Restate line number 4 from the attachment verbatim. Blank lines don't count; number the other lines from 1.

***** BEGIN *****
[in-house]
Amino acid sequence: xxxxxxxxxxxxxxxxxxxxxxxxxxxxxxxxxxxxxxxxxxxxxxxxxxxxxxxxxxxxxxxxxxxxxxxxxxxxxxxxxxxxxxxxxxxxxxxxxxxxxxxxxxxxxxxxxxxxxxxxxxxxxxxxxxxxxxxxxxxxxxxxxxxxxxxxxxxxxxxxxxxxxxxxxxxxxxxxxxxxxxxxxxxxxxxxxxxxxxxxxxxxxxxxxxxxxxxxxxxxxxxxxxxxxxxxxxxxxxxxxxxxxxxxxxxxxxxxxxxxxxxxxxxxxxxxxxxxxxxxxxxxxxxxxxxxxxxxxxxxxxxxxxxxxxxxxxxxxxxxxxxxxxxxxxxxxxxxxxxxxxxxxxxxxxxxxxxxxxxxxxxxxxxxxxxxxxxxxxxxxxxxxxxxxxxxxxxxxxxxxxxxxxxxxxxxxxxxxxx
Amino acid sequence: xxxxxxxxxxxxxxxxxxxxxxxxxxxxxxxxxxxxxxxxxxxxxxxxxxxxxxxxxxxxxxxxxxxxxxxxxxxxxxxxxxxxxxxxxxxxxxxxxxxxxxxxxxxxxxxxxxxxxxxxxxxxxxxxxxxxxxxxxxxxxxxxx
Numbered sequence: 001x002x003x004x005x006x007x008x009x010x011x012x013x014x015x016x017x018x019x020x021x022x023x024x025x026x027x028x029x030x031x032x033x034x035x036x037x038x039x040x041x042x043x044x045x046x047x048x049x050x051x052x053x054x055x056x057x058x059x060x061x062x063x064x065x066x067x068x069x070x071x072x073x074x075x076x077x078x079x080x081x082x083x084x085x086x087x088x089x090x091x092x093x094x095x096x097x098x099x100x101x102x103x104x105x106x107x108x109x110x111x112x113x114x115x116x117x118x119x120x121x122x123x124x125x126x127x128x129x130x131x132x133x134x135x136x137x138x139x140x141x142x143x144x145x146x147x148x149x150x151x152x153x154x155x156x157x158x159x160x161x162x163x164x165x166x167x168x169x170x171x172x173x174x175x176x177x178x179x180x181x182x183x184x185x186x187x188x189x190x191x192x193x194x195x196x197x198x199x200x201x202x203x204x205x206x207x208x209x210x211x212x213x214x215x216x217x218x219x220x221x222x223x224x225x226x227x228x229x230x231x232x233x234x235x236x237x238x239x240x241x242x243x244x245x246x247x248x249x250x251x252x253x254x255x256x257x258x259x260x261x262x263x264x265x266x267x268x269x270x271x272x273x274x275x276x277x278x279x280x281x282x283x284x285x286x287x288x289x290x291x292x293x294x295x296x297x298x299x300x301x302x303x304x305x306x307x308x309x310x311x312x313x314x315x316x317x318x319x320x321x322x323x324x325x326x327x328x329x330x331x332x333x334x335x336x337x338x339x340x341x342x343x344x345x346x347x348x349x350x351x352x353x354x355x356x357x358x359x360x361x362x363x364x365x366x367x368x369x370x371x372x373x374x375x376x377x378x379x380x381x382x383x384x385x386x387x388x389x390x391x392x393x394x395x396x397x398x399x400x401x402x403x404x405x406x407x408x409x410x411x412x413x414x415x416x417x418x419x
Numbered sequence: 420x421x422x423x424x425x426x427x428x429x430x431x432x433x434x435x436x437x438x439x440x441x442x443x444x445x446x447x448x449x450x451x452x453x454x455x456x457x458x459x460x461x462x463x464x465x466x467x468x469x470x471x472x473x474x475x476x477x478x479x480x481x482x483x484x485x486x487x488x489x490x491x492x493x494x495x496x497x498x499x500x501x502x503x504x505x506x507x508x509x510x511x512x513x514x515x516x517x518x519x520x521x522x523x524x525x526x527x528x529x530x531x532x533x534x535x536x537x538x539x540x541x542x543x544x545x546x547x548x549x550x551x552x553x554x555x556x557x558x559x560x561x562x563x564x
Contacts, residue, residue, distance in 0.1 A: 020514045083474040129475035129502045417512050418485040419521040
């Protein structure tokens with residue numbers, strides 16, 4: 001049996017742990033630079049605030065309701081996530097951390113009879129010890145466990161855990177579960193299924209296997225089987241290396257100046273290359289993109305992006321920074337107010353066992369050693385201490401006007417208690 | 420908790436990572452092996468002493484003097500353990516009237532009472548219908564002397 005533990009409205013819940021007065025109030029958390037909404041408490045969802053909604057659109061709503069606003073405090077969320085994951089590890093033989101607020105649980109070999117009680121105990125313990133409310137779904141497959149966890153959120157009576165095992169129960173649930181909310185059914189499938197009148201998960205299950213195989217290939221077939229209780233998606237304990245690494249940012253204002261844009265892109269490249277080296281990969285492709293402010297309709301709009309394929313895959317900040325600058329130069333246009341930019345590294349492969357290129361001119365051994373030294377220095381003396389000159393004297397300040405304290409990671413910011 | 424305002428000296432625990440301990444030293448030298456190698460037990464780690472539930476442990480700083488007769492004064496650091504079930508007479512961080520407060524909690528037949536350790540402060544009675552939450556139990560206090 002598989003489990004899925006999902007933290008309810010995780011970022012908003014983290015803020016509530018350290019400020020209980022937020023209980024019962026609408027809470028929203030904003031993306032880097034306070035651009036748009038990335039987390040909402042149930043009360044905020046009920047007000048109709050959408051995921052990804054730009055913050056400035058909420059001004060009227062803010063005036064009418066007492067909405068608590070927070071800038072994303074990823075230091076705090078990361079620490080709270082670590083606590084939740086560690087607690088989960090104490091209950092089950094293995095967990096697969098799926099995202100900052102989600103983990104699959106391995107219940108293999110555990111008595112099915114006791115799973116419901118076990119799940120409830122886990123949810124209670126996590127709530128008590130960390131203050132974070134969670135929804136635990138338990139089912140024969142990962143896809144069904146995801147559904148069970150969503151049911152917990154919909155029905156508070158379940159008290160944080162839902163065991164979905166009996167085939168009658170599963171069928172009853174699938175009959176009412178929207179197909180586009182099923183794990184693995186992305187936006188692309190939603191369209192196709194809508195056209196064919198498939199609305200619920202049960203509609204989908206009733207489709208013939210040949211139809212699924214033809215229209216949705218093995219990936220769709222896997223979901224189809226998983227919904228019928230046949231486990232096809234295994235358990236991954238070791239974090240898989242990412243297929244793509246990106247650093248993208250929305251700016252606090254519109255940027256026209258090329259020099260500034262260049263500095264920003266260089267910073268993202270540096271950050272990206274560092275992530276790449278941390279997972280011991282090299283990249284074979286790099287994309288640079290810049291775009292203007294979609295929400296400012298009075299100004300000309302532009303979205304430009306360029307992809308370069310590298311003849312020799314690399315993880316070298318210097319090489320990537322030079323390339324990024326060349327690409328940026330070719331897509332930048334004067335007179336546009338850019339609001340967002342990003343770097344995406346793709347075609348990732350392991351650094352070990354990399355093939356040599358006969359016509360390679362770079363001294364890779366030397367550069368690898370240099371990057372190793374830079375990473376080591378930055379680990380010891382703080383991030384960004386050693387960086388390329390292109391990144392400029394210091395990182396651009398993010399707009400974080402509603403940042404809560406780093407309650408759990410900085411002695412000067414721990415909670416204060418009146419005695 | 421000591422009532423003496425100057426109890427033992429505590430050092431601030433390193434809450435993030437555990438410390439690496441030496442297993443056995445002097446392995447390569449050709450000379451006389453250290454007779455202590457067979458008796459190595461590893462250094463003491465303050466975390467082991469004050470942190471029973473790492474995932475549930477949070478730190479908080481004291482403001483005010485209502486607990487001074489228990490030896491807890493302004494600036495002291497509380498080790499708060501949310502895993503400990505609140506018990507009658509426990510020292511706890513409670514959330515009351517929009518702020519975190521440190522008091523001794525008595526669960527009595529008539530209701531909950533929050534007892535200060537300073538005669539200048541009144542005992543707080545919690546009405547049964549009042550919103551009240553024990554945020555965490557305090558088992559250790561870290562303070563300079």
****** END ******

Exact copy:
Numbered sequence: 001x002x003x004x005x006x007x008x009x010x011x012x013x014x015x016x017x018x019x020x021x022x023x024x025x026x027x028x029x030x031x032x033x034x035x036x037x038x039x040x041x042x043x044x045x046x047x048x049x050x051x052x053x054x055x056x057x058x059x060x061x062x063x064x065x066x067x068x069x070x071x072x073x074x075x076x077x078x079x080x081x082x083x084x085x086x087x088x089x090x091x092x093x094x095x096x097x098x099x100x101x102x103x104x105x106x107x108x109x110x111x112x113x114x115x116x117x118x119x120x121x122x123x124x125x126x127x128x129x130x131x132x133x134x135x136x137x138x139x140x141x142x143x144x145x146x147x148x149x150x151x152x153x154x155x156x157x158x159x160x161x162x163x164x165x166x167x168x169x170x171x172x173x174x175x176x177x178x179x180x181x182x183x184x185x186x187x188x189x190x191x192x193x194x195x196x197x198x199x200x201x202x203x204x205x206x207x208x209x210x211x212x213x214x215x216x217x218x219x220x221x222x223x224x225x226x227x228x229x230x231x232x233x234x235x236x237x238x239x240x241x242x243x244x245x246x247x248x249x250x251x252x253x254x255x256x257x258x259x260x261x262x263x264x265x266x267x268x269x270x271x272x273x274x275x276x277x278x279x280x281x282x283x284x285x286x287x288x289x290x291x292x293x294x295x296x297x298x299x300x301x302x303x304x305x306x307x308x309x310x311x312x313x314x315x316x317x318x319x320x321x322x323x324x325x326x327x328x329x330x331x332x333x334x335x336x337x338x339x340x341x342x343x344x345x346x347x348x349x350x351x352x353x354x355x356x357x358x359x360x361x362x363x364x365x366x367x368x369x370x371x372x373x374x375x376x377x378x379x380x381x382x383x384x385x386x387x388x389x390x391x392x393x394x395x396x397x398x399x400x401x402x403x404x405x406x407x408x409x410x411x412x413x414x415x416x417x418x419x